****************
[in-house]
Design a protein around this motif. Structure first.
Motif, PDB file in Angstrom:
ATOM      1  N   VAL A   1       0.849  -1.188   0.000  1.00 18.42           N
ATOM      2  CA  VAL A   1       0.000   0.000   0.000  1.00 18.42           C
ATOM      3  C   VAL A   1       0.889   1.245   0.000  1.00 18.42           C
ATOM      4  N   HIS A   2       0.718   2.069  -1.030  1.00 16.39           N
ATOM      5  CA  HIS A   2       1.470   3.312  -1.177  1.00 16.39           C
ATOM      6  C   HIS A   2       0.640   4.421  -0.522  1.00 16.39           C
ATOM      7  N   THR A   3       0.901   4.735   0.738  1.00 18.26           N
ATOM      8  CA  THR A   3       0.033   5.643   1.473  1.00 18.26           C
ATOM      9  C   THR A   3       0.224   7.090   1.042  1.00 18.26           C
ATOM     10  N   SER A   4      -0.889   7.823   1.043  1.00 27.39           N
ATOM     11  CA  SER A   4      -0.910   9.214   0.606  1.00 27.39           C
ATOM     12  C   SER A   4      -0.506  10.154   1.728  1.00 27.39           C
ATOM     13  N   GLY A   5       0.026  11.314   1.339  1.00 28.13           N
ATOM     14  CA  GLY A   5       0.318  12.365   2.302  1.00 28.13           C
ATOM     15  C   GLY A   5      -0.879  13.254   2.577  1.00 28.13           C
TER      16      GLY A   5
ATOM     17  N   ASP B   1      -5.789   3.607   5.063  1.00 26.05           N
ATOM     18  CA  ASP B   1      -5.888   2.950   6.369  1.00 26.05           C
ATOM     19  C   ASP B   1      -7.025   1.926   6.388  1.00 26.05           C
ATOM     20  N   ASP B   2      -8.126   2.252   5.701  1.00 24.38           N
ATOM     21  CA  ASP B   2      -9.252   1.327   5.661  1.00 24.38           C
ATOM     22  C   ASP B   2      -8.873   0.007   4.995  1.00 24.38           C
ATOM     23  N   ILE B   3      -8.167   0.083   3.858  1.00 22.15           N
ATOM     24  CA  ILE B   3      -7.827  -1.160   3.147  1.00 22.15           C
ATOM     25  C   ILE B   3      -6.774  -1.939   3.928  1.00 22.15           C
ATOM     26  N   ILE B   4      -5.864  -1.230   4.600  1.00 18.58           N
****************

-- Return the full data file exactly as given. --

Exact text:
[in-house]
Design a protein around this motif. Structure first.
Motif, PDB file in Angstrom:
ATOM      1  N   VAL A   1       0.849  -1.188   0.000  1.00 18.42           N
ATOM      2  CA  VAL A   1       0.000   0.000   0.000  1.00 18.42           C
ATOM      3  C   VAL A   1       0.889   1.245   0.000  1.00 18.42           C
ATOM      4  N   HIS A   2       0.718   2.069  -1.030  1.00 16.39           N
ATOM      5  CA  HIS A   2       1.470   3.312  -1.177  1.00 16.39           C
ATOM      6  C   HIS A   2       0.640   4.421  -0.522  1.00 16.39           C
ATOM      7  N   THR A   3       0.901   4.735   0.738  1.00 18.26           N
ATOM      8  CA  THR A   3       0.033   5.643   1.473  1.00 18.26           C
ATOM      9  C   THR A   3       0.224   7.090   1.042  1.00 18.26           C
ATOM     10  N   SER A   4      -0.889   7.823   1.043  1.00 27.39           N
ATOM     11  CA  SER A   4      -0.910   9.214   0.606  1.00 27.39           C
ATOM     12  C   SER A   4      -0.506  10.154   1.728  1.00 27.39           C
ATOM     13  N   GLY A   5       0.026  11.314   1.339  1.00 28.13           N
ATOM     14  CA  GLY A   5       0.318  12.365   2.302  1.00 28.13           C
ATOM     15  C   GLY A   5      -0.879  13.254   2.577  1.00 28.13           C
TER      16      GLY A   5
ATOM     17  N   ASP B   1      -5.789   3.607   5.063  1.00 26.05           N
ATOM     18  CA  ASP B   1      -5.888   2.950   6.369  1.00 26.05           C
ATOM     19  C   ASP B   1      -7.025   1.926   6.388  1.00 26.05           C
ATOM     20  N   ASP B   2      -8.126   2.252   5.701  1.00 24.38           N
ATOM     21  CA  ASP B   2      -9.252   1.327   5.661  1.00 24.38           C
ATOM     22  C   ASP B   2      -8.873   0.007   4.995  1.00 24.38           C
ATOM     23  N   ILE B   3      -8.167   0.083   3.858  1.00 22.15           N
ATOM     24  CA  ILE B   3      -7.827  -1.160   3.147  1.00 22.15           C
ATOM     25  C   ILE B   3      -6.774  -1.939   3.928  1.00 22.15           C
ATOM     26  N   ILE B   4      -5.864  -1.230   4.600  1.00 18.58           N